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Wills, Trusts, and Estates
WMU-Cooley Law School
Horvath, Emily S.

Wills, Estates, & Trusts
Summer 2012
Basic Wills Terminology:
1)      Intestate – Of or relating to a person who has died without a valid will
2)      Testate – Having left a valid will at death
3)      Heir – A person under the laws of intestacy, is entitled to receive an intestate decedent’s property
4)      Devise – When used as a noun, a testamentary disposition of real or personal property
5)      Devisee – A person designated in a will to receive a devise
6)      Decedent – The deceased person
7)      Descendent – The deceased person’s children (1 generation) and their children, and so forth
8)      Testator – One who makes a will
9)      Will – An instrument or declaration by which one directs the disposition of one’s property after death;  Also called a Testament
10)  Codicil – Amendment to an existing will
Four Principals for Wills:
1)      Courts like to give deference to a property owner’s intent; Courts want to honor the property owner’s intent because the property owner has rights (within limits)
2)      The decedent is not available to testify (dead), so there is no expert on his or her intent.
3)      Courts will consider other reliable evidence (to determine D’s intent).
4)      When there is no reliable evidence the court has to make presumptions. Lacking evidence they will make certain presumptions based on statues & common law, the basis of intestate succession
(1)   Eyerman et al. v. Mercantile Trust (1975):  Ms. Johnston wanted her home razed and the proceeds distributed to her family.  D is the personal rep (PR) of her estate.   P is a neighbor of Ms. Johnston.  He sues the estate to enjoin the razing of the house.    Estate General Standing Rule:  Direct pecuniary interest is required in an estate to establish standing.  P establishes standing by showing a devaluation of surrounding property ($10k each).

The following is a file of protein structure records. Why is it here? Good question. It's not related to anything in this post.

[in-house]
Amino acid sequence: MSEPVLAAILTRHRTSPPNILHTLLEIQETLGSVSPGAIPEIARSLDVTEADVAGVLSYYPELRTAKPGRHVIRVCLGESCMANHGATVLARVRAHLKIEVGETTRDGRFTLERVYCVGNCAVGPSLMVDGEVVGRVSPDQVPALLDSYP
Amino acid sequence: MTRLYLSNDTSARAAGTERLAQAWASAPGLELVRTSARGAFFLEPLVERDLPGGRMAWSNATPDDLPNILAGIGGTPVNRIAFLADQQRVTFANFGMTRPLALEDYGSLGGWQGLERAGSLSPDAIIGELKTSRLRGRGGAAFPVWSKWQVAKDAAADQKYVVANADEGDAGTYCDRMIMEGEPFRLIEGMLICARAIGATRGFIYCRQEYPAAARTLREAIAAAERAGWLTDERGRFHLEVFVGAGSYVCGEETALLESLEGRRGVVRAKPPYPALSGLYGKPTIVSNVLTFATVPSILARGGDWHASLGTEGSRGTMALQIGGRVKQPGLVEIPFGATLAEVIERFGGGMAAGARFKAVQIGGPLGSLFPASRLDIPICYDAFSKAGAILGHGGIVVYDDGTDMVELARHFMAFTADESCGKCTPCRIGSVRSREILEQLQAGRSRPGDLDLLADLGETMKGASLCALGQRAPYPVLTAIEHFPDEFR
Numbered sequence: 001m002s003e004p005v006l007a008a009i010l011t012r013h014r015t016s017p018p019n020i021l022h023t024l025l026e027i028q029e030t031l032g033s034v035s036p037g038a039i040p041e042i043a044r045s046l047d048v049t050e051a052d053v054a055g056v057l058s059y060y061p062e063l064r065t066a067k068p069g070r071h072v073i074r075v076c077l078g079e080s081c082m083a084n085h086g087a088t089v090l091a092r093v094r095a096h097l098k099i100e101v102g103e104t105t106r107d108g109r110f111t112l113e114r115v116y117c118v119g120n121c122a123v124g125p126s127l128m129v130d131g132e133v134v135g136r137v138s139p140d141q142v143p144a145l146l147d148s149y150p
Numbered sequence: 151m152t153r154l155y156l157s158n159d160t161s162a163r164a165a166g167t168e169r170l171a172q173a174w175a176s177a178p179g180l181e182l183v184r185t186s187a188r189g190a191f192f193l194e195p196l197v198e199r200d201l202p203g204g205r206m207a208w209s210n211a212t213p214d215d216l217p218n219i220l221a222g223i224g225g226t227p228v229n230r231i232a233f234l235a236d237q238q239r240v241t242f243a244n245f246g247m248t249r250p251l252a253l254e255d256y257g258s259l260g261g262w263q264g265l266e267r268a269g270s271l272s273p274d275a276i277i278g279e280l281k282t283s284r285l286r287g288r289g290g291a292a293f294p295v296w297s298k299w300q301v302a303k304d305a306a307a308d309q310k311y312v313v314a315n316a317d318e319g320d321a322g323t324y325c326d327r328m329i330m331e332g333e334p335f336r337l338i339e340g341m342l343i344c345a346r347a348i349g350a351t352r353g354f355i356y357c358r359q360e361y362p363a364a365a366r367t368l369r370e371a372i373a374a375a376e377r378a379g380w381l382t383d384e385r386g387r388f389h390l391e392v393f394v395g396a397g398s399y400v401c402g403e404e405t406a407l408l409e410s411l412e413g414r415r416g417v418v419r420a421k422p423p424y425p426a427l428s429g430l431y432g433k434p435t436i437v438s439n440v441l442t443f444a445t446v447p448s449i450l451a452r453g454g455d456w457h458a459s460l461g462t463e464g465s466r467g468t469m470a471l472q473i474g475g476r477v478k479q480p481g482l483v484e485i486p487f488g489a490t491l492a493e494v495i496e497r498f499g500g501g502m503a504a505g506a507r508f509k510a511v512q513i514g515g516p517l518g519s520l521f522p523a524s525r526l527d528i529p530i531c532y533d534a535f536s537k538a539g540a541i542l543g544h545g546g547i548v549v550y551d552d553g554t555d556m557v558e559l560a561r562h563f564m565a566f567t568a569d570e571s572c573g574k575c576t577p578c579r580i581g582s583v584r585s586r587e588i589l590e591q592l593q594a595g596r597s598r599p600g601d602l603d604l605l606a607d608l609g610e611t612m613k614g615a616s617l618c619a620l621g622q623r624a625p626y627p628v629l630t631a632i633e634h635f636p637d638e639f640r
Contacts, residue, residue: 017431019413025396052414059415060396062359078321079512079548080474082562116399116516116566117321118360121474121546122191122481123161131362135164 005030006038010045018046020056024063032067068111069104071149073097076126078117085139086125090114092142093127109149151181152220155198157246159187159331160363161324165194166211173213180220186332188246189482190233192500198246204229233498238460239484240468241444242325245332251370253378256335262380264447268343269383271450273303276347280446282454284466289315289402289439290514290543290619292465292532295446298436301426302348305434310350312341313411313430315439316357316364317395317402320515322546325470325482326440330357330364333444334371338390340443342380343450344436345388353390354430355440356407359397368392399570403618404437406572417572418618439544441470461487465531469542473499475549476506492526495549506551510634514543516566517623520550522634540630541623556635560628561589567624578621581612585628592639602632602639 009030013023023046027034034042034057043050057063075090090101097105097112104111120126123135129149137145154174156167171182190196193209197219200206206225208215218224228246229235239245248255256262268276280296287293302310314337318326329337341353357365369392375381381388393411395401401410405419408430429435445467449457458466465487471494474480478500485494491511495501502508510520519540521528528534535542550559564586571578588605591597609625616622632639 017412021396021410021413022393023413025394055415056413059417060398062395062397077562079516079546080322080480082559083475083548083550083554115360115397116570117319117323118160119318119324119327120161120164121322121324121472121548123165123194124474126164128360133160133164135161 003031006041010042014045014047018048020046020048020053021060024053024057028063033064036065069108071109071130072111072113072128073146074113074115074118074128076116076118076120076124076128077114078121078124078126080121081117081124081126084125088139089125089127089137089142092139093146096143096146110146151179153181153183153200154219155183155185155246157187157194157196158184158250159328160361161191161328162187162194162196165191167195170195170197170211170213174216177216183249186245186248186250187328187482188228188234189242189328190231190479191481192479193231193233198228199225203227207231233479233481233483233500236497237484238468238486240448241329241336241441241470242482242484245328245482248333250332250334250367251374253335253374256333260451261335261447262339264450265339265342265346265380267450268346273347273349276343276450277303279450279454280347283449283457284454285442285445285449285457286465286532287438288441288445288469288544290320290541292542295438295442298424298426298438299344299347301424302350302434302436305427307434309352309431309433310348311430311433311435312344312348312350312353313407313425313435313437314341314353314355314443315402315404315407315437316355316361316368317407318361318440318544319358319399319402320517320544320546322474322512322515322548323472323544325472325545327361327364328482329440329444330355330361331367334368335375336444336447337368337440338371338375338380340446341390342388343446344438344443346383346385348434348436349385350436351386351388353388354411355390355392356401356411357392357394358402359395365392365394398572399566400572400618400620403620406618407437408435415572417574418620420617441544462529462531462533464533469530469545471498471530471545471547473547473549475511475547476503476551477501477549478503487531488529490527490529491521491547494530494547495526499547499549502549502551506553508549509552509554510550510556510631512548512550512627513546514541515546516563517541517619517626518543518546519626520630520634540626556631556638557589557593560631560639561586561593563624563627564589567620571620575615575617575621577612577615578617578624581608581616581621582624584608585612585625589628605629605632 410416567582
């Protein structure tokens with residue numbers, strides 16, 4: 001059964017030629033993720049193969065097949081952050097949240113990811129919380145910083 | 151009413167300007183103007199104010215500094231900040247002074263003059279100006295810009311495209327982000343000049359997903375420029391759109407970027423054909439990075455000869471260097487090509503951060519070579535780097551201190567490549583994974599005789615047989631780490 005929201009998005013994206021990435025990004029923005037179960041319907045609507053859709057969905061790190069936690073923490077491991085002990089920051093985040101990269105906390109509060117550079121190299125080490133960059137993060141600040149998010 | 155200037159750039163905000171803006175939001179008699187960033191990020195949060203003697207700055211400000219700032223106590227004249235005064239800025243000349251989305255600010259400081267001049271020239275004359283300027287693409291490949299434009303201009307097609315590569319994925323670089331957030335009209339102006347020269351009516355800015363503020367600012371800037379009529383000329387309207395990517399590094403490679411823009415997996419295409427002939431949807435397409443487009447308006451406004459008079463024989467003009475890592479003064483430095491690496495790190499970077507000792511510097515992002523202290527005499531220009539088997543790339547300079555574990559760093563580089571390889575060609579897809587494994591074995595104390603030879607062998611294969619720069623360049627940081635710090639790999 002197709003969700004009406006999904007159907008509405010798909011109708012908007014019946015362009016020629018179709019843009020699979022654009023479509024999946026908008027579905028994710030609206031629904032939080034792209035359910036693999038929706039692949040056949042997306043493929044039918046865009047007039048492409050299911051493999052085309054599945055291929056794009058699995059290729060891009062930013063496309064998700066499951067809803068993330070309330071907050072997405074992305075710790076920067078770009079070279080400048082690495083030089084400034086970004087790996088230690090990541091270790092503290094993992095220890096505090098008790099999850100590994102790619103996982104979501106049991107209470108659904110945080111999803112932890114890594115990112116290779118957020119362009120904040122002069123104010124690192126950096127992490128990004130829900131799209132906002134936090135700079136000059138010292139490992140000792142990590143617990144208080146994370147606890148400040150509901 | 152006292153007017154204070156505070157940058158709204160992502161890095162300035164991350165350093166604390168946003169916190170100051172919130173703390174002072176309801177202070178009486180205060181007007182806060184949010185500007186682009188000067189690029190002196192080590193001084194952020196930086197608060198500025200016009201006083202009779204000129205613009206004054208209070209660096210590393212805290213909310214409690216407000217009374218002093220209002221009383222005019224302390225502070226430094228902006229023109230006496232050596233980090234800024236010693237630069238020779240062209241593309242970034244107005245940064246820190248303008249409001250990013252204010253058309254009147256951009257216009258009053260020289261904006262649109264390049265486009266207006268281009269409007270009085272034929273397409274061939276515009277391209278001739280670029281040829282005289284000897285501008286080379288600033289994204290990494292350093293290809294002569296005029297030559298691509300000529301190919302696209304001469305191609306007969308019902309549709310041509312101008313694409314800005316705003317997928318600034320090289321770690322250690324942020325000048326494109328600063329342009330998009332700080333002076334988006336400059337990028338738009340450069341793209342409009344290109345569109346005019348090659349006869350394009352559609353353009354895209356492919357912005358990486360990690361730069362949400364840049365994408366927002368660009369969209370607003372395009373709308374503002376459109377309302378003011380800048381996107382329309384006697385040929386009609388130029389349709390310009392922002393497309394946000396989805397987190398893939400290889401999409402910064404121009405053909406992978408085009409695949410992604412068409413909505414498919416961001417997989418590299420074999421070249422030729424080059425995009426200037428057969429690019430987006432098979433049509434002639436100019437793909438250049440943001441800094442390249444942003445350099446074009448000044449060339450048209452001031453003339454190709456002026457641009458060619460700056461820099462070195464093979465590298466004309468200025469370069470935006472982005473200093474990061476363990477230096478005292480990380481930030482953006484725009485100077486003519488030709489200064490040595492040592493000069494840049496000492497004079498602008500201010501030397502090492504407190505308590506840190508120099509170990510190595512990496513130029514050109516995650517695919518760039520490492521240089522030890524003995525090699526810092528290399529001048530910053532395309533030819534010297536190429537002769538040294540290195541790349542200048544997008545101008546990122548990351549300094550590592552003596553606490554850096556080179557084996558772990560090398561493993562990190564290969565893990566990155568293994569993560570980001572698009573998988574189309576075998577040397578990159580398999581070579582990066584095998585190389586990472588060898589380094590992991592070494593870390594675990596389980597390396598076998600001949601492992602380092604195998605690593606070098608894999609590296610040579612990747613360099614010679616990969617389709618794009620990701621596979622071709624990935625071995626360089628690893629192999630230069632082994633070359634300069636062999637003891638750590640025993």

Gift Causa Mortis:  A gift made in contemplation of death that is revocable until the death of the donor and is automatically revoked (or remains revocable in some jurisdictions) upon recovery.
1)      Donative Intent
2)      Effective Delivery
3)      Made in Contemplation of Death
4)      Acceptance
(1)   In re Van Wormer’s Estate (1931):  The decedent’s brother, the PR of the estate, was given $3200 to invest by the decedent before his death.  The stocks were purchased in the PR’s name.  The ex-wife sues claiming this gift was one of causa mortis.  General Causa Mortis Gift Rule:  Gifts of causa mortis do not require that the donor be in extremis and that death is certain, but that sufficient apprehension of death from a present malady or imminent peril be present, the mindset is important.  Here,  though the decedent did waiver in his depression, he did in fact kill himself, and the court holds that the reason for giving the gift – depression – was the same
Gift Causa Mortis Problem:  David suffered a heart attack at a family gathering.  He took off a Rolex  watch and gave it to Robert as he went away in the ambulance saying “Robert, take my watch.  You can keep it.”  Robert said “OK.”  David survived the heart attack, but died two years later in an auto accident.  David’s will left the watch to another person, Bart.  Who has the superior claim to the watch, Robert or Bart?  Bart – per causa mortis rules, gift was revoked as soon as David recovered from the heart attack.
General Estate Overview
Estate Assets:  Ask the Question “What Goes Into the Estate?”  How are Assets Owned?
1)      Three Categories of Assets (note – an item can only be in one category at a time)
a.       Probate:  Assets held in the decedent’s name alone that require the decedent’s signature to transfer.  There are two ways to transfer these assets
                          i.      Intestate
                        ii.      Testate – will covers only probate property
b.      Non-Probate:  Those assets that do not fit the definition of probate assets (life insurance, 401k, qualified monies, joint property).  Transfer occurs:
                          i.      via Contract
                        ii.      via Operation of Law
c.       Trusts:  Artificial estates created for property transfer owned by a trustee
                          i.      via Trust Document